Uniform Crime Reports (cont.)
While a number of forms are required by the UCR program, three are most relevant to violent crime: Return A Age, Sex, Race, and Ethnic Origin of Arrested Offenders Supplementary Homicide Report The process of collecting information about violent crime begins with a complaint to law enforcement officials, who investigate and determine whether a criminal offense has occurred (Figure 2.1, p. 28).

National Incident-Based Reporting System (NIBRS)
The UCR has been subject to criticism from the 1950s onward. NIBRS was created to address several limitations of the UCR.

UCR v. NIBRS

National Crime Victimization Survey
The National Crime Survey began in In 1991, it was redesigned and retitled the National Crime Victimization Survey (NCVS). Crime surveys, unlike information collected from police, rely on interviews with victims. One purpose of crime surveys is to get an idea of how much crime occurs that is not reported to or by the police. Crime rates estimated by the UCR are only about one half to one third of those based on victim reports.

NCVS (cont.) How are Incidents Collected? What is Collected?
The NCVS collects victimization data from a nationally representative sample of about 100,000 individuals age 12 or older living in about 50,000 U.S. households. Interviews are translated for non-English-speaking respondents. The interview takes about ½ hour. What is Collected? There are two steps in interviewing victims: Screening questions are asked to determine whether the respondent has been the victim of a crime in the past 4 months. If the respondent says that someone in the household has been a victim, then an individual victimization report is completed for each incident mentioned in response to the screening questions.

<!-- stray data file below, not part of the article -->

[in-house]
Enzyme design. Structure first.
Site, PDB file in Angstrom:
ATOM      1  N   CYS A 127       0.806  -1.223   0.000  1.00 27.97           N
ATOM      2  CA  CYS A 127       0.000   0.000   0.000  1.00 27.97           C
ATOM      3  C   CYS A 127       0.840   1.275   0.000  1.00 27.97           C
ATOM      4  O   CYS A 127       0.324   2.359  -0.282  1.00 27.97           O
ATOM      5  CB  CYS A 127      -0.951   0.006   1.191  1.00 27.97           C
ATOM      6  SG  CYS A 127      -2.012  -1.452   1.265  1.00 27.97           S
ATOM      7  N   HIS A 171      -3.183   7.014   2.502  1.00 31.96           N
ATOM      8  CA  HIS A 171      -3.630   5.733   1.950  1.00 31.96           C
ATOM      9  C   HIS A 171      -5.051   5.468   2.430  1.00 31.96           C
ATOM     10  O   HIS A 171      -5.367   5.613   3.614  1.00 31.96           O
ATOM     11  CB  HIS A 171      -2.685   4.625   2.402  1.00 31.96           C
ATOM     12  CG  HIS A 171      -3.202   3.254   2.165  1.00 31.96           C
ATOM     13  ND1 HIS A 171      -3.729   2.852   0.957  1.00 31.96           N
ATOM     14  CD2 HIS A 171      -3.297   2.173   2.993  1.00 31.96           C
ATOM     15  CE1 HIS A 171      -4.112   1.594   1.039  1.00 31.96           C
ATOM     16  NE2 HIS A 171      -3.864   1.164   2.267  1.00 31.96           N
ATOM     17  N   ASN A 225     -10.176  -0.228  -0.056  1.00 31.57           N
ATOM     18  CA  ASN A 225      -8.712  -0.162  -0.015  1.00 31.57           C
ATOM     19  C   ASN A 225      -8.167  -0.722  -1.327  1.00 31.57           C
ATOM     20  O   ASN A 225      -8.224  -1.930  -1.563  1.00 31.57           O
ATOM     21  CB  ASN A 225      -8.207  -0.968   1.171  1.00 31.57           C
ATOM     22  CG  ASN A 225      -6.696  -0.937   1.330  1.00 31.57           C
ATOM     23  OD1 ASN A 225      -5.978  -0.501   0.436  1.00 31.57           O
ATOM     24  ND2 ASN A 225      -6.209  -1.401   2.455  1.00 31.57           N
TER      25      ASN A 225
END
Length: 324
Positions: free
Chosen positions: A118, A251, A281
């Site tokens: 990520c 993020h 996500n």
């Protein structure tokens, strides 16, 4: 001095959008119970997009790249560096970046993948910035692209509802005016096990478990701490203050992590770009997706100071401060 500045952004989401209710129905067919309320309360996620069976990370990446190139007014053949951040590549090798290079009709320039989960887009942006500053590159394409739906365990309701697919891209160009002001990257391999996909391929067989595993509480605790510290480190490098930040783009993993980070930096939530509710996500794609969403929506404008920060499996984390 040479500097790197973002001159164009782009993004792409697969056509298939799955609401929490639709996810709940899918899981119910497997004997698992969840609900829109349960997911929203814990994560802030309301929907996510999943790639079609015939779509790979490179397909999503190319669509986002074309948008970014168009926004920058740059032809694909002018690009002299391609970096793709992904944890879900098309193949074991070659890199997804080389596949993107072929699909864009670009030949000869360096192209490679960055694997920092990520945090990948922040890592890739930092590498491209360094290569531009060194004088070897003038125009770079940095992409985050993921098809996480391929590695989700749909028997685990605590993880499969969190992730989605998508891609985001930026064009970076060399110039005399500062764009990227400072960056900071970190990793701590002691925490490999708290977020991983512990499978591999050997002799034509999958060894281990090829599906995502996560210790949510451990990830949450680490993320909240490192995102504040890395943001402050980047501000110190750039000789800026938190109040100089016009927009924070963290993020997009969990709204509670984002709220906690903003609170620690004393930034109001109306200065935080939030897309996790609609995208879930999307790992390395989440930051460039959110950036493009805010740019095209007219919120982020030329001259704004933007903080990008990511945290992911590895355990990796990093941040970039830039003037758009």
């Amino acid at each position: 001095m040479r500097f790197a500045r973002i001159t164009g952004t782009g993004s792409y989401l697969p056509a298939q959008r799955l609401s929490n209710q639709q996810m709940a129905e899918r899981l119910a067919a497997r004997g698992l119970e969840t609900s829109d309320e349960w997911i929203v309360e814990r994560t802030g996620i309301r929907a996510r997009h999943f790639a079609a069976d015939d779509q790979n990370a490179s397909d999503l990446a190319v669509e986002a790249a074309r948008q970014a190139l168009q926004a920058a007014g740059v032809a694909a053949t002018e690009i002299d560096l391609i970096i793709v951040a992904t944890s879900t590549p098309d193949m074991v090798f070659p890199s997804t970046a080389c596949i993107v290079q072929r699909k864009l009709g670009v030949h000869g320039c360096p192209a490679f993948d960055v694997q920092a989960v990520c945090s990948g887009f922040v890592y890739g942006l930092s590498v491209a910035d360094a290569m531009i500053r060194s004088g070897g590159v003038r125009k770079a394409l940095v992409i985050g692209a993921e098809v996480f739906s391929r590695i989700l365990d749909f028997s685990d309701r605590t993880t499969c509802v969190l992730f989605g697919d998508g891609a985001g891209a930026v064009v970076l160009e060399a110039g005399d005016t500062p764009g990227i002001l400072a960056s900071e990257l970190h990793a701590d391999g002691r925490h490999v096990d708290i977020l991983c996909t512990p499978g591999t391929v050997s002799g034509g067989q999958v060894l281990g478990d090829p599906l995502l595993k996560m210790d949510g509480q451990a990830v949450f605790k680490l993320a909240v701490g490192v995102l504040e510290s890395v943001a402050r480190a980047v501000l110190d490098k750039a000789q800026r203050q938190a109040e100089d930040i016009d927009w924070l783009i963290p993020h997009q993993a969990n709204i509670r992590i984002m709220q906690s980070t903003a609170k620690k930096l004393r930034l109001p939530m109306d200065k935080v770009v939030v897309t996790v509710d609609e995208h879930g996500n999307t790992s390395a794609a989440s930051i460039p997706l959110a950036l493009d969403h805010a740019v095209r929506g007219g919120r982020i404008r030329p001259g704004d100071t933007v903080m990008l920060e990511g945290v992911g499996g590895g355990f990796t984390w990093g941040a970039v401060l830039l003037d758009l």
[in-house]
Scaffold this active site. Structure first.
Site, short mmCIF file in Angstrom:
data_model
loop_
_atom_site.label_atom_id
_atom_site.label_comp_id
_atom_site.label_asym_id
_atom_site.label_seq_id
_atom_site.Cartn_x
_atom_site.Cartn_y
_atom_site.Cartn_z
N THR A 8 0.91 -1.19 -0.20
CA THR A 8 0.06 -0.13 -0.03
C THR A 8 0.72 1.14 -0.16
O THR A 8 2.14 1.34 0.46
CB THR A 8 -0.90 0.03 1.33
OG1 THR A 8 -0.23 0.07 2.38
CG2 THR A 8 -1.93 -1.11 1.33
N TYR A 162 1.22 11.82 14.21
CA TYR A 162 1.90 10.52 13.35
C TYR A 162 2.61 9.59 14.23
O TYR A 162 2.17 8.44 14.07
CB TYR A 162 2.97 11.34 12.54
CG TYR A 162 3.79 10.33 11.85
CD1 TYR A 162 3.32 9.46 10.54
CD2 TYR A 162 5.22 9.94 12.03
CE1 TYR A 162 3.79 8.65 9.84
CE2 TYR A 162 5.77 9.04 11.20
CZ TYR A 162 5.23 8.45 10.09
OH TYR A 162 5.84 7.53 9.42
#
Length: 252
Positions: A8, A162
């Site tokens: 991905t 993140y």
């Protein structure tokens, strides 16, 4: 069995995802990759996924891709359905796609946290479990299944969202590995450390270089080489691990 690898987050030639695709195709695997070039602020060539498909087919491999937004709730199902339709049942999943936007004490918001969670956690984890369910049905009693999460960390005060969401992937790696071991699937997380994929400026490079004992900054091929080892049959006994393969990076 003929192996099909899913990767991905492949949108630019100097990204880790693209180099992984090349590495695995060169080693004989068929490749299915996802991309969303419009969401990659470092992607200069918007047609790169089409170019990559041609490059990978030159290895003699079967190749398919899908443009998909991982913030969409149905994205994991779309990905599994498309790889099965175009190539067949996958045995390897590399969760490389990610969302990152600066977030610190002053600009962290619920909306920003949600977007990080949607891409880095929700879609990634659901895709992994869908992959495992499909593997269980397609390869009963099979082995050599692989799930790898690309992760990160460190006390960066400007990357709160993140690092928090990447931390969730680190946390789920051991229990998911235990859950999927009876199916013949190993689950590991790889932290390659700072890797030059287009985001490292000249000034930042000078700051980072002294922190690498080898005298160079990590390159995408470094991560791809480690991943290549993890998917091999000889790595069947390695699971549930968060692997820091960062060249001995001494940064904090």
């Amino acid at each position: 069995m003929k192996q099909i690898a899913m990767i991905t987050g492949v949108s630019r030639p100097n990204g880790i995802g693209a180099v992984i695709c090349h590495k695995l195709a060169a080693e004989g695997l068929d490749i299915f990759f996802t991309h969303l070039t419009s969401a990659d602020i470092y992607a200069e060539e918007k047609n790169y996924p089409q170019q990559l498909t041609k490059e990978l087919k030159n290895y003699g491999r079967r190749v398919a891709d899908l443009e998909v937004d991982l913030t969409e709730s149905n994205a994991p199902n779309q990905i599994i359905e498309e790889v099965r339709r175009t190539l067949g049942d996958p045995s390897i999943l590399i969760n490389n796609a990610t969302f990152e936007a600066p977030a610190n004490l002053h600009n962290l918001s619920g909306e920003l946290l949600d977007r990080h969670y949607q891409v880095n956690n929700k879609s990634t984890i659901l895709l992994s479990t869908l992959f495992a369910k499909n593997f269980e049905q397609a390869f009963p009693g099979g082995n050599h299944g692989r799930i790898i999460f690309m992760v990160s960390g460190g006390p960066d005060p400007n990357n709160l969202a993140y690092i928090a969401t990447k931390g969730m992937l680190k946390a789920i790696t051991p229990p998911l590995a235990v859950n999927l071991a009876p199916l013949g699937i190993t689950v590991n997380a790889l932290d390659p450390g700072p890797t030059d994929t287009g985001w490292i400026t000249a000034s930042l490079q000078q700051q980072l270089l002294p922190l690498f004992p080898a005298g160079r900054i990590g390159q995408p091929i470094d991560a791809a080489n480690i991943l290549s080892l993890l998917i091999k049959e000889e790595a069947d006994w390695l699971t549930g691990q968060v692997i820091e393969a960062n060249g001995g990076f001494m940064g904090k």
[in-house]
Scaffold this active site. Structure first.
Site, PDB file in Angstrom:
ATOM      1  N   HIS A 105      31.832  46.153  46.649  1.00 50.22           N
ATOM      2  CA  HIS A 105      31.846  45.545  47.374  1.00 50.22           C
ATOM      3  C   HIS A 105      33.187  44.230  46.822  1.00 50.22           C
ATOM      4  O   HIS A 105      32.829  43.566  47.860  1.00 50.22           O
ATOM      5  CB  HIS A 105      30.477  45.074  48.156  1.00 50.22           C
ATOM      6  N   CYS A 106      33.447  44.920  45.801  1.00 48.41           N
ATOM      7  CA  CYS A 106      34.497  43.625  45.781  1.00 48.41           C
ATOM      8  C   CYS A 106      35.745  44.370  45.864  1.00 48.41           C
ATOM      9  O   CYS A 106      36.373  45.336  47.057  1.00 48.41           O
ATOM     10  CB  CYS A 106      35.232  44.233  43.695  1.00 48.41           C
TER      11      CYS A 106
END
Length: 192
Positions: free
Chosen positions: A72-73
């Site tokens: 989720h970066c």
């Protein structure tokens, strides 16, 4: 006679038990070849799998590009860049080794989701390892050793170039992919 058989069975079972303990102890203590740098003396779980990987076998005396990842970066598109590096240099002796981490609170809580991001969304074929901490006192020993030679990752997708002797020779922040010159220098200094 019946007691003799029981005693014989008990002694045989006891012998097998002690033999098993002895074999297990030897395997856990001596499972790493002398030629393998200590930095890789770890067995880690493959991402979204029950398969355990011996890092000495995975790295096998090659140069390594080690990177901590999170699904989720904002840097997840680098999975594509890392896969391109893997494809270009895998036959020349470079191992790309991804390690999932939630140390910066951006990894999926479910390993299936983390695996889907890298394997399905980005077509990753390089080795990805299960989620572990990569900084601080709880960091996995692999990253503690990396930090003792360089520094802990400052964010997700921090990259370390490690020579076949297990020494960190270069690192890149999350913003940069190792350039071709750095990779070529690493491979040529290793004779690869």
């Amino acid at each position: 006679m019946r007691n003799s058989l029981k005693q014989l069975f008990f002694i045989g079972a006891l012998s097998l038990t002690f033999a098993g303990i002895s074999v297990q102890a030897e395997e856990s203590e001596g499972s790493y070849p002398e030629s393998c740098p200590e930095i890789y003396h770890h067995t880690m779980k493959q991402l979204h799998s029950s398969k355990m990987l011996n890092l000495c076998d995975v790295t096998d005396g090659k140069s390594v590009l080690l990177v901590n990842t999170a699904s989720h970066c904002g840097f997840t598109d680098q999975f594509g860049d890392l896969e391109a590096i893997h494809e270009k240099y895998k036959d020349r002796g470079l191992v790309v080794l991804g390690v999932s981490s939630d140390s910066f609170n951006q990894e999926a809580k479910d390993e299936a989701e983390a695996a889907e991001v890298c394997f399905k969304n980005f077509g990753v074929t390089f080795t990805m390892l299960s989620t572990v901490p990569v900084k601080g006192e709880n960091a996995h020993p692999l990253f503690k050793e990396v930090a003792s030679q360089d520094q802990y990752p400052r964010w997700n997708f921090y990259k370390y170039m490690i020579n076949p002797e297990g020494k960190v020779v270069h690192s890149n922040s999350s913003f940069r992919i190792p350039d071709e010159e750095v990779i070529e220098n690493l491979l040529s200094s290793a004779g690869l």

NCVS (cont.) In addition to estimating the number of victimizations, the NCVS gathers details on each incident: Characteristics of the victim (age, sex, race, ethnicity, marital status, income, and educational level) Characteristics of the offender (sex, race, and approximate age) Relationship between victim and offender Month, time, and location of the crime Self-protective actions taken by the victim during an incident and results of those actions Consequences of the victimization, including any injury or property loss Whether the crime was reported to police; reasons for reporting/not reporting Offender use of weapons, drugs, and alcohol

Limitations of the NCVS
Cost of Large Samples. To get reliable estimates, a very large number of people must be sampled. Poor Memory and Telescoping. The longer the time between the actual victimization and the interview, the greater the likelihood of memory failure. There is a danger of telescoping: a victimization that occurred outside the requested time span is mistakenly recalled as occurring within the last 6 months. Errors in Reporting Mistaken reporting: respondent believes he or she was the victim of a crime but was not. Sampling bias: Potential undercounting of young people, males, and members of minority groups